This is one of those posts of me “thinking out loud.” It’s a chance for me to reflect upon one of the most sensitive topics in personal finance: trying to find the right amount of money to give to charity when you are in the beginning stages of wealth accumulation.
One of the “life models” that I keep in mind has been the path that Warren Buffett has chosen to follow with his own charitable giving. For most of his 20s and 30s, he did not give much to charity. He had set up The Buffett Foundation to give $20,000 here and $75,000 there to specific causes, and according to Roger Lowenstein’s Buffett biography, that only constituted 3-5% of his annual income. According to Lowenstein, most of Buffett’s early charitable acts were done at the behest of his wife Suzzie, and he generally viewed charity as a hindrance in the wealth-building process.
Of course, as we have come to know now, Buffett has pledged to give well over 90% of his personal fortune (estimated to be over $50 billion) to the Bill and Melinda Gates Foundation, with the instruction that all the money be spent within ten years. No doubt, Buffett’s decision to delay charitable giving on a grand scale has enabled him to do “maximum good” for the world. If he donated 40% of his annual income to salary for the past 40 years, it is very unlikely that he would have anywhere near $50 billion to donate today. It is fair to say that Buffett’s gift-giving strategy allows him to change the world even after his death in a much greater way then if he had parted with his wealth earlier. Each dollar that Buffett would have given to charity earlier in his life would not have been able to compound at 20% for years on end to be given to charity later.
On the short list of “big philosophical questions” that I have yet to come up with a satisfactory answer in my own life has centered around how much of my annual income I should donate to charity now while I am not a financially independent person. The biblical story that immediately comes to mind is Jesus’ praise of the poor woman that chose to donate a drachma (schekel?) at the synagogue even though it caused her great pain to do so. Who can argue with the example set by the Son of God?
On the other hand, we have the Parable of the Talents in which Jesus praised the most industrious of the brothers who was able to effectively put his capital to work, while condemning the wasted utility of the brother who hid his gold in the ground and zealously guarded it. In that case, it seems that Jesus praised the brother that maximized his potential. If we give away capital in our formative years, aren’t we in a way hindering our own potential? If you have $35,000 today that could compound at 10% for twenty years and choose to donate that money to charity instead right now, you are giving up the potential of your future self to take that $250,000 and, say, buy a Subway franchise that could be a part of your retirement restaurant empire. That potential cannot be realized if you donate it. Also, that money represents a quarter of a million dollars that you could be donating to charity in 2033. What does the world more good, $35,000 today or $250,000 in 2033?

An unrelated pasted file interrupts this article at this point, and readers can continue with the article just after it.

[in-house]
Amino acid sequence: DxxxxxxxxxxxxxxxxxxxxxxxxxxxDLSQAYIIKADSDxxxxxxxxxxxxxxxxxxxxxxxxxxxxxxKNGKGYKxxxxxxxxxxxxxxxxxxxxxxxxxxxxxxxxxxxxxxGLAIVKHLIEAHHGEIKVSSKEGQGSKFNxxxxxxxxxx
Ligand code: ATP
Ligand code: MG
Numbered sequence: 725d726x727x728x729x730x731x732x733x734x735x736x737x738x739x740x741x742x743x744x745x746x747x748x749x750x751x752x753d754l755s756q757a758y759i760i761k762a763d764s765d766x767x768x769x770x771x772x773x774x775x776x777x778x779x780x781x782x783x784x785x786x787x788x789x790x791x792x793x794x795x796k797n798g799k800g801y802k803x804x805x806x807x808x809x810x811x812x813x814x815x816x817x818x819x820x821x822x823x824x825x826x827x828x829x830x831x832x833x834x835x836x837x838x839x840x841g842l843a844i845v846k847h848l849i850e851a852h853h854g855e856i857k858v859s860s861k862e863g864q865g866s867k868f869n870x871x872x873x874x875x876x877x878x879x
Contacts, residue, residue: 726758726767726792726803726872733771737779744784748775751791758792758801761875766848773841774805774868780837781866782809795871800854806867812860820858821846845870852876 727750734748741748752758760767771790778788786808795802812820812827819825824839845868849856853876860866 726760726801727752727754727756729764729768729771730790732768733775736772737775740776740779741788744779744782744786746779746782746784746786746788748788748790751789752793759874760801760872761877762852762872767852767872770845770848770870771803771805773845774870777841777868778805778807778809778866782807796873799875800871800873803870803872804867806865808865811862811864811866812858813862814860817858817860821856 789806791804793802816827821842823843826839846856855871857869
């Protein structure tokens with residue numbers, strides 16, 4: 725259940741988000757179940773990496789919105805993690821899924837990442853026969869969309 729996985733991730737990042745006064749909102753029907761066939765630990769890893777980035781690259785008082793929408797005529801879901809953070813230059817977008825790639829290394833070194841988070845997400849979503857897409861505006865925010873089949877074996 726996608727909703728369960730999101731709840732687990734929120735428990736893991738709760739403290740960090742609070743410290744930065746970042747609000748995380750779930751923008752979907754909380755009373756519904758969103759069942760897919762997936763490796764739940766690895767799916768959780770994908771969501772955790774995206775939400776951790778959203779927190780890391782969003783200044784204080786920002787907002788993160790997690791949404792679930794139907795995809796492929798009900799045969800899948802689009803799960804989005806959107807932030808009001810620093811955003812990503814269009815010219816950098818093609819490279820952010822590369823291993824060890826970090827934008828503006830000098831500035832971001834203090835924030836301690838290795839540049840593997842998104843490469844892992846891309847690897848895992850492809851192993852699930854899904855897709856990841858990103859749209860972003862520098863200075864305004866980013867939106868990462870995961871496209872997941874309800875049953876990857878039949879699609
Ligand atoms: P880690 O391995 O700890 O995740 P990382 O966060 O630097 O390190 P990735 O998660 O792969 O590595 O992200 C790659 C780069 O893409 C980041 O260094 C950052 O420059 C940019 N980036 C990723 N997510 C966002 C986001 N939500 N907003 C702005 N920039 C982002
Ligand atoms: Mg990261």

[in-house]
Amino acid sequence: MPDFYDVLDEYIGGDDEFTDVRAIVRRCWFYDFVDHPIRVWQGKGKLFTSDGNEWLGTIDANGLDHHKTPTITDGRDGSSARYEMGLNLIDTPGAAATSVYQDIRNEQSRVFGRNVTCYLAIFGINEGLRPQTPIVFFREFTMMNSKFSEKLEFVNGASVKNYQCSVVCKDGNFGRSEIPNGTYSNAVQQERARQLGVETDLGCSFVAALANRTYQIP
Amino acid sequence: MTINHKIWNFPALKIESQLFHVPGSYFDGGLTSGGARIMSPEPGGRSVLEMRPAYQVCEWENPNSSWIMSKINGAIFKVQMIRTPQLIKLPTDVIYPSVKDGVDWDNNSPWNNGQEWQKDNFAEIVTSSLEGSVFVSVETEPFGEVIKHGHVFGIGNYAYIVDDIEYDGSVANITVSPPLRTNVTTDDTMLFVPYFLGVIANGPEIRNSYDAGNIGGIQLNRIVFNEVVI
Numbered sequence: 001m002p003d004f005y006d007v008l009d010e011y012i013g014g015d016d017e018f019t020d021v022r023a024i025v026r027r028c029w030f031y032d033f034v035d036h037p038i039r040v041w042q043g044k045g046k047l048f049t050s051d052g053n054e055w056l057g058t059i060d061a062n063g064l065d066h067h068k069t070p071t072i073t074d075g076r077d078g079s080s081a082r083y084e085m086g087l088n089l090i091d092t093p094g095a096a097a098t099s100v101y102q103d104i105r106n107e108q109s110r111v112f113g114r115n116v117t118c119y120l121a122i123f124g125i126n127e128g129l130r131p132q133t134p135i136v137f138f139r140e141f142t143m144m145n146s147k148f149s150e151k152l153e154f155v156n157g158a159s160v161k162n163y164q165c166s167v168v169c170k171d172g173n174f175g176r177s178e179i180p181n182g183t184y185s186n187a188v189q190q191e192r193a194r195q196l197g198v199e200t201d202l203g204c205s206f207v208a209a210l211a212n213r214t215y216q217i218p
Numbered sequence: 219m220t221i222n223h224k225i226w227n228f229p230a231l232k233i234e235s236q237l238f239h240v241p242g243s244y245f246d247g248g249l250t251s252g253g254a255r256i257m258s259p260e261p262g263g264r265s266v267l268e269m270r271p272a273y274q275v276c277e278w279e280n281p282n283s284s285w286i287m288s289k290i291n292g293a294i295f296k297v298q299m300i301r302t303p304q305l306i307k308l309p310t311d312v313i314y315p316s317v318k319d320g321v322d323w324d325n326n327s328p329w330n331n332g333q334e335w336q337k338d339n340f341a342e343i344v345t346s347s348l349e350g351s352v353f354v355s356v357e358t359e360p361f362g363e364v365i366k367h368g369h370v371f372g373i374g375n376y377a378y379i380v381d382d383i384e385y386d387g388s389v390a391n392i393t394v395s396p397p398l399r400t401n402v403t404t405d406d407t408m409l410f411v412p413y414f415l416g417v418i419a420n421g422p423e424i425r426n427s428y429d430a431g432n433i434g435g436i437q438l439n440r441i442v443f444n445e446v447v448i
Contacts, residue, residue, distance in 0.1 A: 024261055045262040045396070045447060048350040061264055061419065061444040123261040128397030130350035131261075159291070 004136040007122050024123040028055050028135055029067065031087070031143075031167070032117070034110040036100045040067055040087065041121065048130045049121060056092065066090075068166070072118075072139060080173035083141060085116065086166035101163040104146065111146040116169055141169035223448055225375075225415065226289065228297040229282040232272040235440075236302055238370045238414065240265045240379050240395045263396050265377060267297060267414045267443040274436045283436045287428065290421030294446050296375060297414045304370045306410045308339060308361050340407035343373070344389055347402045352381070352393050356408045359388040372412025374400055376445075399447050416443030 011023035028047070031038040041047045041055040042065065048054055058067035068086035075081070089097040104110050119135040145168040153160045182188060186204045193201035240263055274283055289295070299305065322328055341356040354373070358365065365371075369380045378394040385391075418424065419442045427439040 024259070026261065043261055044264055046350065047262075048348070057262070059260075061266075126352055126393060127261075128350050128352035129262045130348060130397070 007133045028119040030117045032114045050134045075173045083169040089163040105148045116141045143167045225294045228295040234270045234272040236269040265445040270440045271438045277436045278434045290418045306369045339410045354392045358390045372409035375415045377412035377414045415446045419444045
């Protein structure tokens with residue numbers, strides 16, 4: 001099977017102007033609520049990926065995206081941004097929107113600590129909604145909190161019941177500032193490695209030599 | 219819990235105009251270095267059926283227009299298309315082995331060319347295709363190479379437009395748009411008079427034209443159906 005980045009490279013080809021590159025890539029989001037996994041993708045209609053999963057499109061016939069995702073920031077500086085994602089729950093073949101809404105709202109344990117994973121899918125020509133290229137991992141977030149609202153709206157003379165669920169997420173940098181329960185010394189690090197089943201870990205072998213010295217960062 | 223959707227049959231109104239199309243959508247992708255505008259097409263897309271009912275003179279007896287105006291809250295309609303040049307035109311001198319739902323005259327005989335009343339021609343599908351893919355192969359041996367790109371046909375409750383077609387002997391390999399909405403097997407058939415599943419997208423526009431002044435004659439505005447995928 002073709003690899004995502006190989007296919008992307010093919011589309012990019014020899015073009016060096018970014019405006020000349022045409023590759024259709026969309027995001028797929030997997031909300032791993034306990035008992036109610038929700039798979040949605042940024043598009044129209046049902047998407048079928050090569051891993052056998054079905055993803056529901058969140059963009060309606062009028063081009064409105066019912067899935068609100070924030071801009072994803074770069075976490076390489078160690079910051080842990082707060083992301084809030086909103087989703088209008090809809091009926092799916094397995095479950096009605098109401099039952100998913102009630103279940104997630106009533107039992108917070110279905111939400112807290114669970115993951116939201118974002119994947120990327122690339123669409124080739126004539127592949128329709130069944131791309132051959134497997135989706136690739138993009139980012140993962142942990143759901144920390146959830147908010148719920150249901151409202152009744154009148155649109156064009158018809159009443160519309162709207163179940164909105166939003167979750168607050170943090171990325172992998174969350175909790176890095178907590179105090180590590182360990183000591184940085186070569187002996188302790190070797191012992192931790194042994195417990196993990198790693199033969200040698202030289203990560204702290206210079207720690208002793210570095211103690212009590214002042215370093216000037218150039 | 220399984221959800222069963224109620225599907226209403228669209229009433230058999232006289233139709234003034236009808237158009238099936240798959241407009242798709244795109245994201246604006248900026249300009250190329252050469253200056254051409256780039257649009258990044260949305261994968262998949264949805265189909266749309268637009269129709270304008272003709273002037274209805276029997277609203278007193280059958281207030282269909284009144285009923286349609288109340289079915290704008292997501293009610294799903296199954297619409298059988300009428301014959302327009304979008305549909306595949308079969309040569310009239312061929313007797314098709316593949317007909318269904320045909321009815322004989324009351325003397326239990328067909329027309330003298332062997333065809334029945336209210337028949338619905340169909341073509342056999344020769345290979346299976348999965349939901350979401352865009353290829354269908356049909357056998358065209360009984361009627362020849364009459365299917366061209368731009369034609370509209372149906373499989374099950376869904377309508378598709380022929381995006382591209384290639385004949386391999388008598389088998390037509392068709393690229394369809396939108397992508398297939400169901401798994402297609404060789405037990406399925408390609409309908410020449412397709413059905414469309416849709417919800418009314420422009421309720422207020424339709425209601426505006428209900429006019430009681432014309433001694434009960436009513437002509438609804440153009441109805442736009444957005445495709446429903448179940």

Also, there is a question of whether donating money to charity is an effective form of self-discipline because it forces you to help others without doing anything directly good for yourself in return. Physically, there is a thrill you feel after you run a five mile race. Some dieters get a thrill out of making those long-forgotten fruits and vegetables a part of their diet for the first time since the Clinton Administration. Isn’t there a significant rush of adrenaline associated with willingly depriving yourself of a meaningful amount of money that you could otherwise use for personal consumption?
In some ways, the Buffett approach makes the most sense. By delaying most of your charitable giving to later on life, it allows you do to the maximum amount of good. For those of you with the general life goal to make the world a better place in the most ways possible, it by definition would do more good to delay charitable giving if you could use that money to compound at a rate greater than inflation, since that increases purchasing power down the road.
On the other hand, there are some risks associated with delayed giving. Investments can fail, there are people living today that need assistance, the noble act of sacrifice gets delayed, and there is also the possibility that the long-term neglect of charitable giving can lead someone’s heart to harden against helping others. Aristotle once said, “We are formed by what we do.” He called habits the most powerful force in the universe. If we get in the habit of not giving throughout our lives, aren’t we setting our future selves up for failure?
The standard approach to giving that I often hear is some variation of “donate 10% of your annual income to charity.” There is nothing wrong with that, but I have never gravitated towards it because it has the same sort of mindlessness that you see in rules like “an investor should subtract 100 from his age to determine what percent of his money he should put into stocks, and what percentage of his money into bonds.” There is nothing wrong with that, but it short-circuits the critical thinking approach.
For anyone reading this, I’d be really curious to hear what approach you take to charitable giving. A lot of times, blogwriters put something like this at the end of a post just to stimulate comments or do something to that effect. But this is one of those topics where I am particularly open to the strategies of others, and I’d appreciate it if you’d take a moment to share with me what you do. I’m a bit of a blank canvas on this topic, and it would mean a lot to me if you would take a minute and contribute some paint to the finished product.